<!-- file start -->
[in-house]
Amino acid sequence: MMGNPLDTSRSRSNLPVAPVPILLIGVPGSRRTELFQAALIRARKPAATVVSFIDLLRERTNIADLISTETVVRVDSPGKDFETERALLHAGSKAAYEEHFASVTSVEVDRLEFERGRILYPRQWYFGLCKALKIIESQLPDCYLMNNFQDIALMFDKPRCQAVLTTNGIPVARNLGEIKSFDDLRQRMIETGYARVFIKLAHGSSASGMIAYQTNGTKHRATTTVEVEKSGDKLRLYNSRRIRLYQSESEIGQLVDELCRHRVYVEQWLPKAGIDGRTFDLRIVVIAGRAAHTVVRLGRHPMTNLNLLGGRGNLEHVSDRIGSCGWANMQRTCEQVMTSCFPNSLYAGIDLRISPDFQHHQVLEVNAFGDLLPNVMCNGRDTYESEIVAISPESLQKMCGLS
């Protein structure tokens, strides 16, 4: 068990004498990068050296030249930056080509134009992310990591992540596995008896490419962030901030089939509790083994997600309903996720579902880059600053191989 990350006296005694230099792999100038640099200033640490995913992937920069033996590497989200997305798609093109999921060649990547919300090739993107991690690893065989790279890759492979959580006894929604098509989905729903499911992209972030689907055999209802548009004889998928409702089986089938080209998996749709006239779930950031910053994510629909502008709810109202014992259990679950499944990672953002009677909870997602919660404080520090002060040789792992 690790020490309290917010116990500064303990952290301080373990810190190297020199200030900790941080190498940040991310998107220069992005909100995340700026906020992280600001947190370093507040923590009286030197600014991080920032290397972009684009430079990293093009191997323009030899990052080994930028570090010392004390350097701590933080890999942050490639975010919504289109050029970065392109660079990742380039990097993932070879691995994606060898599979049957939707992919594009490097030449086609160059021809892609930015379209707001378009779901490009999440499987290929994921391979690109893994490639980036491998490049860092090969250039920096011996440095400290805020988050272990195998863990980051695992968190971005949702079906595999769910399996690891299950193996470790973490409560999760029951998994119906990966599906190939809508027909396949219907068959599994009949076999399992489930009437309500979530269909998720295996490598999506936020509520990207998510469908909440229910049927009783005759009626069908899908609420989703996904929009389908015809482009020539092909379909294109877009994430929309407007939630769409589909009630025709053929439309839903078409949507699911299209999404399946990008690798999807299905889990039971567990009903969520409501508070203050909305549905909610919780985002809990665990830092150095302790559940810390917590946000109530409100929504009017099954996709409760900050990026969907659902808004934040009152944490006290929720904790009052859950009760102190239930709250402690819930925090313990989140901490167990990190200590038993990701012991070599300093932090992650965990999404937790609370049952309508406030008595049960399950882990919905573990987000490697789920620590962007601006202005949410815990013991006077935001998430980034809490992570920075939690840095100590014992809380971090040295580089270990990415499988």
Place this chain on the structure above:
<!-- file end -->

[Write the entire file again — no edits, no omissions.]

[in-house]
Amino acid sequence: MMGNPLDTSRSRSNLPVAPVPILLIGVPGSRRTELFQAALIRARKPAATVVSFIDLLRERTNIADLISTETVVRVDSPGKDFETERALLHAGSKAAYEEHFASVTSVEVDRLEFERGRILYPRQWYFGLCKALKIIESQLPDCYLMNNFQDIALMFDKPRCQAVLTTNGIPVARNLGEIKSFDDLRQRMIETGYARVFIKLAHGSSASGMIAYQTNGTKHRATTTVEVEKSGDKLRLYNSRRIRLYQSESEIGQLVDELCRHRVYVEQWLPKAGIDGRTFDLRIVVIAGRAAHTVVRLGRHPMTNLNLLGGRGNLEHVSDRIGSCGWANMQRTCEQVMTSCFPNSLYAGIDLRISPDFQHHQVLEVNAFGDLLPNVMCNGRDTYESEIVAISPESLQKMCGLS
């Protein structure tokens, strides 16, 4: 068990004498990068050296030249930056080509134009992310990591992540596995008896490419962030901030089939509790083994997600309903996720579902880059600053191989 990350006296005694230099792999100038640099200033640490995913992937920069033996590497989200997305798609093109999921060649990547919300090739993107991690690893065989790279890759492979959580006894929604098509989905729903499911992209972030689907055999209802548009004889998928409702089986089938080209998996749709006239779930950031910053994510629909502008709810109202014992259990679950499944990672953002009677909870997602919660404080520090002060040789792992 690790020490309290917010116990500064303990952290301080373990810190190297020199200030900790941080190498940040991310998107220069992005909100995340700026906020992280600001947190370093507040923590009286030197600014991080920032290397972009684009430079990293093009191997323009030899990052080994930028570090010392004390350097701590933080890999942050490639975010919504289109050029970065392109660079990742380039990097993932070879691995994606060898599979049957939707992919594009490097030449086609160059021809892609930015379209707001378009779901490009999440499987290929994921391979690109893994490639980036491998490049860092090969250039920096011996440095400290805020988050272990195998863990980051695992968190971005949702079906595999769910399996690891299950193996470790973490409560999760029951998994119906990966599906190939809508027909396949219907068959599994009949076999399992489930009437309500979530269909998720295996490598999506936020509520990207998510469908909440229910049927009783005759009626069908899908609420989703996904929009389908015809482009020539092909379909294109877009994430929309407007939630769409589909009630025709053929439309839903078409949507699911299209999404399946990008690798999807299905889990039971567990009903969520409501508070203050909305549905909610919780985002809990665990830092150095302790559940810390917590946000109530409100929504009017099954996709409760900050990026969907659902808004934040009152944490006290929720904790009052859950009760102190239930709250402690819930925090313990989140901490167990990190200590038993990701012991070599300093932090992650965990999404937790609370049952309508406030008595049960399950882990919905573990987000490697789920620590962007601006202005949410815990013991006077935001998430980034809490992570920075939690840095100590014992809380971090040295580089270990990415499988």
Place this chain on the structure above: